13.vii.20 this clip from Aristotle’s fragment 313 has some remaining fixes needed. Please be patient while this fixing proceeds… I judge that frag. 313 contains various significant pointers. toward the idea of using ‘athroisma’ as metaphor for a foregathering of — or an anticipation of –universalisation as in the Posterior Analytics , work going on at Early Academy. This exemplifies the Early Academy’s ‘joint search dialectic’ on cases we may call ‘amia’ or ‘deprived of its loner status’: work towards a new view, echoed in Timaeus repeatedly, of a significant meaning of ‘katholou’ There is of course a quite natural opposition between One (identity) and the ‘More or less’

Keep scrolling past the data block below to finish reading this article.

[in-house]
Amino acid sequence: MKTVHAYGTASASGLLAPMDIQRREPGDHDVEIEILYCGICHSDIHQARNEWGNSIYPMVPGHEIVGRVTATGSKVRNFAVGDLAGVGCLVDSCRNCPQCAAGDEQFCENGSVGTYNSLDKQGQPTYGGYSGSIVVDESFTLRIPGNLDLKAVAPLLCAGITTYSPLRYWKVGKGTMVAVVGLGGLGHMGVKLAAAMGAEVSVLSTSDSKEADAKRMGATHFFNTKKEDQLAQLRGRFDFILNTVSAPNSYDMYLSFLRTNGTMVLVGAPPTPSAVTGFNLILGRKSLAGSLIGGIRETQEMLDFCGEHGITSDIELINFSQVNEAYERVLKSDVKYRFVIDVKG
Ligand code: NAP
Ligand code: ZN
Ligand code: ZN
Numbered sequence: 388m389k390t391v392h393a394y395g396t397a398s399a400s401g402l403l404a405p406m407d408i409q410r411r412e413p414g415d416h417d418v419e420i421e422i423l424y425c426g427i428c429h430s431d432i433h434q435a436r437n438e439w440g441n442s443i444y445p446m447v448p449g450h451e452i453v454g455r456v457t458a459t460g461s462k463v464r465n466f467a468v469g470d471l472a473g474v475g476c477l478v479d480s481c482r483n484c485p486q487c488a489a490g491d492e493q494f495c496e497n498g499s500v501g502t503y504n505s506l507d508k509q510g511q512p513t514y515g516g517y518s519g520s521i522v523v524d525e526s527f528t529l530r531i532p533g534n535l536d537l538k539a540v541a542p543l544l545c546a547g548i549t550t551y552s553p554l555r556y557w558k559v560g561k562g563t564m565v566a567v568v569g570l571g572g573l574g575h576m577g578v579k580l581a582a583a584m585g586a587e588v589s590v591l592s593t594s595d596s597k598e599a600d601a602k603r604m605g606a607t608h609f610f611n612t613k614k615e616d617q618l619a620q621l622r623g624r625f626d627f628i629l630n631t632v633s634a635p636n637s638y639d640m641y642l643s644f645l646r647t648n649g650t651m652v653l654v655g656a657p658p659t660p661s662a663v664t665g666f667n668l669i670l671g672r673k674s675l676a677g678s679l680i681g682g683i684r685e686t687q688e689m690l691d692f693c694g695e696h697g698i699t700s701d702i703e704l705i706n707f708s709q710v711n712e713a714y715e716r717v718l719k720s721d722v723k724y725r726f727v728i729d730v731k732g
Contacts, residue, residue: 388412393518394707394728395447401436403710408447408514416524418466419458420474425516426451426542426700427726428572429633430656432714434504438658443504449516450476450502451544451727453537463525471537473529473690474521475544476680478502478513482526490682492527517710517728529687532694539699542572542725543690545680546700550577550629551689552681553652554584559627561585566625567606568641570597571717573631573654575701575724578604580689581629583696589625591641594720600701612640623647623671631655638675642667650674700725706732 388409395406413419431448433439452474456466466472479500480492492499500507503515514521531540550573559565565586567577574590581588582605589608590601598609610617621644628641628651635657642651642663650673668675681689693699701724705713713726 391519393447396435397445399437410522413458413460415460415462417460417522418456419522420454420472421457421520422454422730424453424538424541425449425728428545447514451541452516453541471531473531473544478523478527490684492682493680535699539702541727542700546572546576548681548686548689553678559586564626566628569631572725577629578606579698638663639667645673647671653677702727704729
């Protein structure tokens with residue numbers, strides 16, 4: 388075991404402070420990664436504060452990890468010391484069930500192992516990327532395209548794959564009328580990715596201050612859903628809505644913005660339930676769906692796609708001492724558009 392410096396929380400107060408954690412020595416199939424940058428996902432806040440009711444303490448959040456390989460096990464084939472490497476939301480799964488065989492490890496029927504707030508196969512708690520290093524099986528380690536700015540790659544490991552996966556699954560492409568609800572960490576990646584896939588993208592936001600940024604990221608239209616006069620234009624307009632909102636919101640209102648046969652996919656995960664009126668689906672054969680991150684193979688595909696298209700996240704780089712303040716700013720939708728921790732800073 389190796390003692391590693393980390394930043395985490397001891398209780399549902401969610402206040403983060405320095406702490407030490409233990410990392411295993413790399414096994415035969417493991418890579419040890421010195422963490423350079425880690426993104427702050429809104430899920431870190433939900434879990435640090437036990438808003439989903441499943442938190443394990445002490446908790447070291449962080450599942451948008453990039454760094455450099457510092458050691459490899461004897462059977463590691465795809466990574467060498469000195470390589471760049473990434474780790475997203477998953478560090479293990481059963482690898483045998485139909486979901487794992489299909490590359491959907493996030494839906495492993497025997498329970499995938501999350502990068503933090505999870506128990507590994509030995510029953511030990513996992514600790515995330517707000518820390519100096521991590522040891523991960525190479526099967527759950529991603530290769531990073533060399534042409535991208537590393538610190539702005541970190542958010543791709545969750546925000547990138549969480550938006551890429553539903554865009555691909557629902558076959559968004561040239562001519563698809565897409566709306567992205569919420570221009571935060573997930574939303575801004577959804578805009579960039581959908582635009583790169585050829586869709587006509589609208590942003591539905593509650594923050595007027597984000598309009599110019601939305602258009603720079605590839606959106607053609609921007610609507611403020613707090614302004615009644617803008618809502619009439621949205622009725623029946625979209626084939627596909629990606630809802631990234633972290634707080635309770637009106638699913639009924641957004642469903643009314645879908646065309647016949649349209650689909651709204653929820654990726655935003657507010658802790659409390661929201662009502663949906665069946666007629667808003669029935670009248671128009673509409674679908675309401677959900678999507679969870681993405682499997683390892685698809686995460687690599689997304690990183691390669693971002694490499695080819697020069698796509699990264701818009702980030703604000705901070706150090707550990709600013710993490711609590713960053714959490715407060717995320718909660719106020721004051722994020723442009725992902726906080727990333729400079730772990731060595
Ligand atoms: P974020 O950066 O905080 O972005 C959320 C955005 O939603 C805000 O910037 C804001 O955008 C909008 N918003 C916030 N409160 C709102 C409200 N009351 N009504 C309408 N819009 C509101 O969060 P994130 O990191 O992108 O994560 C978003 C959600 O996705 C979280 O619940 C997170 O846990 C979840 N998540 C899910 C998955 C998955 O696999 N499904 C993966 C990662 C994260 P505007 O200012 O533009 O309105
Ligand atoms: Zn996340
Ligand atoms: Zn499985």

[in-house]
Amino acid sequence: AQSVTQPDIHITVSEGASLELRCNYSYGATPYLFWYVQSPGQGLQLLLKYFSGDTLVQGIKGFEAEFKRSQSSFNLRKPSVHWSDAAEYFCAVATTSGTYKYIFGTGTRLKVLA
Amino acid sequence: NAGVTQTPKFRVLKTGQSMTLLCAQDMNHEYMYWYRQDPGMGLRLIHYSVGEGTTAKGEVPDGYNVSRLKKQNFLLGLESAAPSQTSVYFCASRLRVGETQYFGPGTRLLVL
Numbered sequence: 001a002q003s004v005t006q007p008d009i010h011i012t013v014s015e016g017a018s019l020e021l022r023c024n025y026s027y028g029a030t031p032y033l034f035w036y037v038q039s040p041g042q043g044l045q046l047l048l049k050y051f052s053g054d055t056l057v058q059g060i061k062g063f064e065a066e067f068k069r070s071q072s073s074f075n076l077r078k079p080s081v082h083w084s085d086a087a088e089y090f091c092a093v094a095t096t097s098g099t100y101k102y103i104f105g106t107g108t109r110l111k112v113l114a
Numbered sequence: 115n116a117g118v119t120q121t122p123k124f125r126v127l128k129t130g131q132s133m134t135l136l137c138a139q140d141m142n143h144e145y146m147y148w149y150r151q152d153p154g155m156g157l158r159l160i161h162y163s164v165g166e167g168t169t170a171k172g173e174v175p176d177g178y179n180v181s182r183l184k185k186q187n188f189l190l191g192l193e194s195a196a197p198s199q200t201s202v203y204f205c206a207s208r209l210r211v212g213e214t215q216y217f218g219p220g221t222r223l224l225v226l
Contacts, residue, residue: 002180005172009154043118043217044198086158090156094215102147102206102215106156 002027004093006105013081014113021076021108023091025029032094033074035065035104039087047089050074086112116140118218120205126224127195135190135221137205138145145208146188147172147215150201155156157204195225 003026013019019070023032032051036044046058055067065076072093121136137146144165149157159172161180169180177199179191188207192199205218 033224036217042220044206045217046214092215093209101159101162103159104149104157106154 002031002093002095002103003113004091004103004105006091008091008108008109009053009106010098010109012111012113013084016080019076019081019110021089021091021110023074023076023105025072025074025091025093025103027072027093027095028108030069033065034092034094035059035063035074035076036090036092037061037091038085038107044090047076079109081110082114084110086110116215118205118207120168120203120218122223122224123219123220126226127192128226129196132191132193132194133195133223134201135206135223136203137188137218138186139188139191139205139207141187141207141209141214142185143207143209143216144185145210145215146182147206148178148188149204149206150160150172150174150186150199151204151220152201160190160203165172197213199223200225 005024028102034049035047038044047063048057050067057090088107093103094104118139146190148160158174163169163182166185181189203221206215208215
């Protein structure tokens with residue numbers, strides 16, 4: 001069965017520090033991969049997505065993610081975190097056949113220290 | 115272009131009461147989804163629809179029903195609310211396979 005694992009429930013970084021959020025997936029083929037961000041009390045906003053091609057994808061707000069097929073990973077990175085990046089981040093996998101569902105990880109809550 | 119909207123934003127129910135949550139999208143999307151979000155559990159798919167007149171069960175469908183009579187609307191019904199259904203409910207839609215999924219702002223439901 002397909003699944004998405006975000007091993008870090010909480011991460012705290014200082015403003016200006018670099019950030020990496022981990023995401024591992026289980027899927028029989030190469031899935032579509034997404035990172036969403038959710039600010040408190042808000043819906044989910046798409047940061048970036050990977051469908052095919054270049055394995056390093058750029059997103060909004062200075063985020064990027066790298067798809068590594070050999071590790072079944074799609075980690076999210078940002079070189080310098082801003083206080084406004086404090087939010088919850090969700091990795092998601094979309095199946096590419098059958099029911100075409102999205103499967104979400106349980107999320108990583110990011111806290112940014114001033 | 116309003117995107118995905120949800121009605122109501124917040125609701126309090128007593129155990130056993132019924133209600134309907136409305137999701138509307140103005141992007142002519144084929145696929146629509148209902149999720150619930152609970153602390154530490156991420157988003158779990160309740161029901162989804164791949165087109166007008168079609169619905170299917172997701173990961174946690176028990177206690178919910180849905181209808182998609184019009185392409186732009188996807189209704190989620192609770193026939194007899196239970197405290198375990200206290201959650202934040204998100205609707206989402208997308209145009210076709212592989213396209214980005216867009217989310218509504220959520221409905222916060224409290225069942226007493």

This puts the new amia- or the athroisis-akin concept into an unfamiliar place from a logical point of view —- The privative form of ‘One’ is not ‘No-One’ but one not a scattered mix of manifoldness, rather a ‘congregating’ of perhaps a natural kind. These are points that touch upon many issues, one lead example being the ‘focal meaning’ concept publicised by GEL Owen. The focused manifold now becomes something Proclus claims a Platonic ancestry for. An intermediate type between the purely Platonic Unitary Substantial Form, and a mere take-away aspect via aristotle’s getting to a universal: ‘aphairesis‘. A third thing rather: a self-congregant manyness, neither singular nor disorderly in its manifoldness. Many flocks may coexist here, each tending towards a herd or school or several distinct things such as experience reveals to us. Rudy Rucker’s ‘Lifebox’ book has several passages devoted to what he calls ‘flocking’, one allowing for a pair of flocks to congregatively co-flock (see Timaeus’s specialist terms derivative of ‘sunathroisis’) . But purely as a non-singular, our non-loner remains alongside others within items logically more generic, but in a way opposite to the ‘One’ and ‘Singular’. Difficult to pinpoint all the levels of sameness, of substance, and of difference. But this is explored with great skill by David Wiggins in his ‘Sameness and Substance, renewed’.